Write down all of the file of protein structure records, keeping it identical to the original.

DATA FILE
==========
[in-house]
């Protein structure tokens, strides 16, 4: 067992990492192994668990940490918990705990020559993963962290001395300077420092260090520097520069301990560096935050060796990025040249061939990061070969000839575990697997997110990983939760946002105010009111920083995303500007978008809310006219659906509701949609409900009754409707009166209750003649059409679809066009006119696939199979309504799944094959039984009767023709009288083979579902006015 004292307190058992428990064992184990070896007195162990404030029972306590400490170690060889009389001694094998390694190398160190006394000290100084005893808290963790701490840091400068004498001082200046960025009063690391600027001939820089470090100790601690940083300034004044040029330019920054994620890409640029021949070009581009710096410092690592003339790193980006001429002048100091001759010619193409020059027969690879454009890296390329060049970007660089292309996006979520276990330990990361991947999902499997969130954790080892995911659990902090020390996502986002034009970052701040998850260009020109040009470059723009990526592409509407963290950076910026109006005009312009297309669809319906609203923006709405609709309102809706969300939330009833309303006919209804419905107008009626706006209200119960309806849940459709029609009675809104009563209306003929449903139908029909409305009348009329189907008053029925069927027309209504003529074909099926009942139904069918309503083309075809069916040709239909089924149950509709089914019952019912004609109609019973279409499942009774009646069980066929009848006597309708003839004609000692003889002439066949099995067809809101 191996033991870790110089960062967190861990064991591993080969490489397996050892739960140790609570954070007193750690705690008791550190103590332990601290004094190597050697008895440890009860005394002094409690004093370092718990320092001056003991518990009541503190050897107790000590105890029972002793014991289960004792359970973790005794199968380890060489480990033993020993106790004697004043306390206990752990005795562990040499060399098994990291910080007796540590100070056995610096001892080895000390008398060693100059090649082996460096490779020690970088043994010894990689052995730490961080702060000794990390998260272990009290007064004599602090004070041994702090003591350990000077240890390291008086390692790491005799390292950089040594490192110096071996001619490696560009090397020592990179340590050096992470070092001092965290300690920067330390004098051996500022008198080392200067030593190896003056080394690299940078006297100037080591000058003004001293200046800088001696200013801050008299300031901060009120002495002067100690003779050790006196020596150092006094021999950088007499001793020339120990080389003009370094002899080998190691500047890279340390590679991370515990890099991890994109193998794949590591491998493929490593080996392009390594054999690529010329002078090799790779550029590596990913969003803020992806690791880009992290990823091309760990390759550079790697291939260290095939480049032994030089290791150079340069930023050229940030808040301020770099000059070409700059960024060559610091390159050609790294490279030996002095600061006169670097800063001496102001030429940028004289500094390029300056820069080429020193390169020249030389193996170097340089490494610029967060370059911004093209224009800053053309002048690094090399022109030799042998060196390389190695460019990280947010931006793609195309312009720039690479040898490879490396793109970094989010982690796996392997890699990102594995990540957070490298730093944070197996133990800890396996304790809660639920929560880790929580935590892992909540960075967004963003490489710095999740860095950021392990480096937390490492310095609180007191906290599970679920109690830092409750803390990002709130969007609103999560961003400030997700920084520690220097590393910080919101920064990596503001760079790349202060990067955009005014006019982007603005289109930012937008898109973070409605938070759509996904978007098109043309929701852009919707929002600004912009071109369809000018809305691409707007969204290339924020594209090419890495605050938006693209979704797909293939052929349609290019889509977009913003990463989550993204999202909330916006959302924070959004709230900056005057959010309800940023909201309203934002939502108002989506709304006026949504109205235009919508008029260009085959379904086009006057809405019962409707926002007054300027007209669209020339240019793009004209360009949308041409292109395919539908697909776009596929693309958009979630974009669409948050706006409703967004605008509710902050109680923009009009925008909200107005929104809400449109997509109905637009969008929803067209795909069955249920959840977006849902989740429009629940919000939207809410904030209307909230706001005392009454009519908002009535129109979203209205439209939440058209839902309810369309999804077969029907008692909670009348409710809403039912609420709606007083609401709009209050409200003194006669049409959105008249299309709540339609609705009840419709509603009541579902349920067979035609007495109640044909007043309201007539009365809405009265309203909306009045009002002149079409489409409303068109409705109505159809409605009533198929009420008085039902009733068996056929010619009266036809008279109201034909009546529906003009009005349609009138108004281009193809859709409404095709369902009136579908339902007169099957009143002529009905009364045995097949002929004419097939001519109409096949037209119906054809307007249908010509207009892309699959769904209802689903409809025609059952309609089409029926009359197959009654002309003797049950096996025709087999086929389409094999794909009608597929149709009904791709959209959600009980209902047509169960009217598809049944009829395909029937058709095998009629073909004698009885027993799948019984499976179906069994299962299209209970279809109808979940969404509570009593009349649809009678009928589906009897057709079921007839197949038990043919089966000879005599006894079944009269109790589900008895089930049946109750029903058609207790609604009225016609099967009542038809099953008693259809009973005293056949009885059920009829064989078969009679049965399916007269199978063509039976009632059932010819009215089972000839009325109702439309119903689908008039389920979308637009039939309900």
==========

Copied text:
[in-house]
């Protein structure tokens, strides 16, 4: 067992990492192994668990940490918990705990020559993963962290001395300077420092260090520097520069301990560096935050060796990025040249061939990061070969000839575990697997997110990983939760946002105010009111920083995303500007978008809310006219659906509701949609409900009754409707009166209750003649059409679809066009006119696939199979309504799944094959039984009767023709009288083979579902006015 004292307190058992428990064992184990070896007195162990404030029972306590400490170690060889009389001694094998390694190398160190006394000290100084005893808290963790701490840091400068004498001082200046960025009063690391600027001939820089470090100790601690940083300034004044040029330019920054994620890409640029021949070009581009710096410092690592003339790193980006001429002048100091001759010619193409020059027969690879454009890296390329060049970007660089292309996006979520276990330990990361991947999902499997969130954790080892995911659990902090020390996502986002034009970052701040998850260009020109040009470059723009990526592409509407963290950076910026109006005009312009297309669809319906609203923006709405609709309102809706969300939330009833309303006919209804419905107008009626706006209200119960309806849940459709029609009675809104009563209306003929449903139908029909409305009348009329189907008053029925069927027309209504003529074909099926009942139904069918309503083309075809069916040709239909089924149950509709089914019952019912004609109609019973279409499942009774009646069980066929009848006597309708003839004609000692003889002439066949099995067809809101 191996033991870790110089960062967190861990064991591993080969490489397996050892739960140790609570954070007193750690705690008791550190103590332990601290004094190597050697008895440890009860005394002094409690004093370092718990320092001056003991518990009541503190050897107790000590105890029972002793014991289960004792359970973790005794199968380890060489480990033993020993106790004697004043306390206990752990005795562990040499060399098994990291910080007796540590100070056995610096001892080895000390008398060693100059090649082996460096490779020690970088043994010894990689052995730490961080702060000794990390998260272990009290007064004599602090004070041994702090003591350990000077240890390291008086390692790491005799390292950089040594490192110096071996001619490696560009090397020592990179340590050096992470070092001092965290300690920067330390004098051996500022008198080392200067030593190896003056080394690299940078006297100037080591000058003004001293200046800088001696200013801050008299300031901060009120002495002067100690003779050790006196020596150092006094021999950088007499001793020339120990080389003009370094002899080998190691500047890279340390590679991370515990890099991890994109193998794949590591491998493929490593080996392009390594054999690529010329002078090799790779550029590596990913969003803020992806690791880009992290990823091309760990390759550079790697291939260290095939480049032994030089290791150079340069930023050229940030808040301020770099000059070409700059960024060559610091390159050609790294490279030996002095600061006169670097800063001496102001030429940028004289500094390029300056820069080429020193390169020249030389193996170097340089490494610029967060370059911004093209224009800053053309002048690094090399022109030799042998060196390389190695460019990280947010931006793609195309312009720039690479040898490879490396793109970094989010982690796996392997890699990102594995990540957070490298730093944070197996133990800890396996304790809660639920929560880790929580935590892992909540960075967004963003490489710095999740860095950021392990480096937390490492310095609180007191906290599970679920109690830092409750803390990002709130969007609103999560961003400030997700920084520690220097590393910080919101920064990596503001760079790349202060990067955009005014006019982007603005289109930012937008898109973070409605938070759509996904978007098109043309929701852009919707929002600004912009071109369809000018809305691409707007969204290339924020594209090419890495605050938006693209979704797909293939052929349609290019889509977009913003990463989550993204999202909330916006959302924070959004709230900056005057959010309800940023909201309203934002939502108002989506709304006026949504109205235009919508008029260009085959379904086009006057809405019962409707926002007054300027007209669209020339240019793009004209360009949308041409292109395919539908697909776009596929693309958009979630974009669409948050706006409703967004605008509710902050109680923009009009925008909200107005929104809400449109997509109905637009969008929803067209795909069955249920959840977006849902989740429009629940919000939207809410904030209307909230706001005392009454009519908002009535129109979203209205439209939440058209839902309810369309999804077969029907008692909670009348409710809403039912609420709606007083609401709009209050409200003194006669049409959105008249299309709540339609609705009840419709509603009541579902349920067979035609007495109640044909007043309201007539009365809405009265309203909306009045009002002149079409489409409303068109409705109505159809409605009533198929009420008085039902009733068996056929010619009266036809008279109201034909009546529906003009009005349609009138108004281009193809859709409404095709369902009136579908339902007169099957009143002529009905009364045995097949002929004419097939001519109409096949037209119906054809307007249908010509207009892309699959769904209802689903409809025609059952309609089409029926009359197959009654002309003797049950096996025709087999086929389409094999794909009608597929149709009904791709959209959600009980209902047509169960009217598809049944009829395909029937058709095998009629073909004698009885027993799948019984499976179906069994299962299209209970279809109808979940969404509570009593009349649809009678009928589906009897057709079921007839197949038990043919089966000879005599006894079944009269109790589900008895089930049946109750029903058609207790609604009225016609099967009542038809099953008693259809009973005293056949009885059920009829064989078969009679049965399916007269199978063509039976009632059932010819009215089972000839009325109702439309119903689908008039389920979308637009039939309900």